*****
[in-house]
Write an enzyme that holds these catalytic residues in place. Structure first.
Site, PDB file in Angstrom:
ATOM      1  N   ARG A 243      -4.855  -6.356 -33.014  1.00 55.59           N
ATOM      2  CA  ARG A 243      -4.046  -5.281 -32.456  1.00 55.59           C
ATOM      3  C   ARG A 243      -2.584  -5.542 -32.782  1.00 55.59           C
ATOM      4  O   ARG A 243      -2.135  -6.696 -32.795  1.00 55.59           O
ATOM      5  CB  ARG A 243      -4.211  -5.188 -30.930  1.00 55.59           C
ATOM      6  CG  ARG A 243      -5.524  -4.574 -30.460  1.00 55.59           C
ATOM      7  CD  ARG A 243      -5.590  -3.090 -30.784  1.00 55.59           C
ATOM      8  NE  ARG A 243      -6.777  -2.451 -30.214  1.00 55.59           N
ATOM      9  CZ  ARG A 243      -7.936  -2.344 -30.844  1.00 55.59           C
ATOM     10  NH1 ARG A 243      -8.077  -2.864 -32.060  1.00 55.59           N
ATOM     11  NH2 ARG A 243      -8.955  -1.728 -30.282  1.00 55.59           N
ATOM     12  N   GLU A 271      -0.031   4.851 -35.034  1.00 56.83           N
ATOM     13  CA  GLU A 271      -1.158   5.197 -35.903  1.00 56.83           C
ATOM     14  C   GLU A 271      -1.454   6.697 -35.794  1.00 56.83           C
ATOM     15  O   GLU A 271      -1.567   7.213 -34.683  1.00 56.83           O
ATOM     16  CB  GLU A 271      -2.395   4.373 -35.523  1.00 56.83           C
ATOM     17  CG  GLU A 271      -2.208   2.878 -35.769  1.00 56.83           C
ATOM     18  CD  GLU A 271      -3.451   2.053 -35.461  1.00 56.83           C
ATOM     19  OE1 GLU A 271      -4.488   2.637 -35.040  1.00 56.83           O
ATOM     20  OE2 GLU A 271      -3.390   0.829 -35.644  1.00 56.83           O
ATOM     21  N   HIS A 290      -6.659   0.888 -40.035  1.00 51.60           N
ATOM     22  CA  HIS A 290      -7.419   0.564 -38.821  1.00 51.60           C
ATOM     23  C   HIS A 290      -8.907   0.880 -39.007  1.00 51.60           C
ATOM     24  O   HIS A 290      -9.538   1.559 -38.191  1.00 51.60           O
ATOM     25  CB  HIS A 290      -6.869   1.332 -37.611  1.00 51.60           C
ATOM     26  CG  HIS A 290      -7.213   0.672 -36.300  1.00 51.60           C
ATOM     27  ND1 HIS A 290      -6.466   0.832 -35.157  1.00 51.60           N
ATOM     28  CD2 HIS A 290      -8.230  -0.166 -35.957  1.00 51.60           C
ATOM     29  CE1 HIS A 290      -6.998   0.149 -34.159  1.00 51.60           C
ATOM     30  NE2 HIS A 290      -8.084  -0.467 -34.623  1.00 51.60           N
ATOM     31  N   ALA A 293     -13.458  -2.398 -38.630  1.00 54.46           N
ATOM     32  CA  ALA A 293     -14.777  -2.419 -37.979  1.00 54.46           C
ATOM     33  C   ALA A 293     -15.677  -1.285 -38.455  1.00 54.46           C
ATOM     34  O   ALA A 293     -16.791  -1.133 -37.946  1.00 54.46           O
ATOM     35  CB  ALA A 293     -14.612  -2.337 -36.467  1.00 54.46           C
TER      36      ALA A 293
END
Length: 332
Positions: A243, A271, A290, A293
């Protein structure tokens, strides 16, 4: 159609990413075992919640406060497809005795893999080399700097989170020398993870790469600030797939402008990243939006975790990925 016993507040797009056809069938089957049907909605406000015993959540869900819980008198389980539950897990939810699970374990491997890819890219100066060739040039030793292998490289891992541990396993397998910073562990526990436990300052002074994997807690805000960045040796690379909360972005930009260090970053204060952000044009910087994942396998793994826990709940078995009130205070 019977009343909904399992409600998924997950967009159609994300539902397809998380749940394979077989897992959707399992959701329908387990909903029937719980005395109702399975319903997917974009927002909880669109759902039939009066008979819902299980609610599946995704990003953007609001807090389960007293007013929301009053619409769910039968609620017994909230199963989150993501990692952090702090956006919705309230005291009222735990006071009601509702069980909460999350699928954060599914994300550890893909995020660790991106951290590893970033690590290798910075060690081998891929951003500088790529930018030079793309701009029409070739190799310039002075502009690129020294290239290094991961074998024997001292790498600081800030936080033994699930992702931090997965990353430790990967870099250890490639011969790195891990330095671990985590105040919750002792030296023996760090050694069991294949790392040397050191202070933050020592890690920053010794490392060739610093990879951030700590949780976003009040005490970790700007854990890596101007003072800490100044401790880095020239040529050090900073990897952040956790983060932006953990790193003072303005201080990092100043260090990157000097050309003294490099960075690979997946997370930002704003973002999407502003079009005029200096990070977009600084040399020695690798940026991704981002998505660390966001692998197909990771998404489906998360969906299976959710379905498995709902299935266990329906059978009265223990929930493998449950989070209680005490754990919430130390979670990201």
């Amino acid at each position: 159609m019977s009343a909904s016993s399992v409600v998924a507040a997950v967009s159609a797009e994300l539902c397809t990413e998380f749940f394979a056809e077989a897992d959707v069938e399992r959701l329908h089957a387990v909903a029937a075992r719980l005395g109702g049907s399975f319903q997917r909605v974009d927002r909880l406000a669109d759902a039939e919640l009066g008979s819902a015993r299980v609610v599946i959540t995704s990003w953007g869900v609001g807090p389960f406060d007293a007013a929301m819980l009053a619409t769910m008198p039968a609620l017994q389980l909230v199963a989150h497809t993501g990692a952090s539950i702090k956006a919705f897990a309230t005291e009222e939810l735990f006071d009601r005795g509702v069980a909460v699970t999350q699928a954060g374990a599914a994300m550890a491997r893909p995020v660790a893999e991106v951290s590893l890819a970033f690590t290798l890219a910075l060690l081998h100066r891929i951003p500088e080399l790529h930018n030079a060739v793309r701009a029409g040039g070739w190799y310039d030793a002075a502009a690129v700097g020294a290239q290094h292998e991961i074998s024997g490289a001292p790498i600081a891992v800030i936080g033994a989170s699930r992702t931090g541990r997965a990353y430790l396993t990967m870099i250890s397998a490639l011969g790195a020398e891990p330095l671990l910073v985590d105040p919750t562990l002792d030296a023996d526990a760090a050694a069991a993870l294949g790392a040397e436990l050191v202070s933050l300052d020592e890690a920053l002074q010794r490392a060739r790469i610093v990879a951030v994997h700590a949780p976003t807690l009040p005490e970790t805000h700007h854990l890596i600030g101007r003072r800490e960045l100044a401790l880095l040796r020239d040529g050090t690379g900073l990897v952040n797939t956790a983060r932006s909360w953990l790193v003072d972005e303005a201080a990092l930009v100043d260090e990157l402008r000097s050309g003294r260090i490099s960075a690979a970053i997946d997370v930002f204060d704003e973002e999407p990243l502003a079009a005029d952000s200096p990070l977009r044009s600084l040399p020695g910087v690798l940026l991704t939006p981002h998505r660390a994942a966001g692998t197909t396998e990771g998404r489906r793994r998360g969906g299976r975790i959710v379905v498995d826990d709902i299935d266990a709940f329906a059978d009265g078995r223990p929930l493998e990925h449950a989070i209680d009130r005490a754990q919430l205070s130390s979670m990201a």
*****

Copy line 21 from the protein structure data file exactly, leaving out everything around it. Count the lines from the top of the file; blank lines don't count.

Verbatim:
ATOM     18  CD  GLU A 271      -3.451   2.053 -35.461  1.00 56.83           C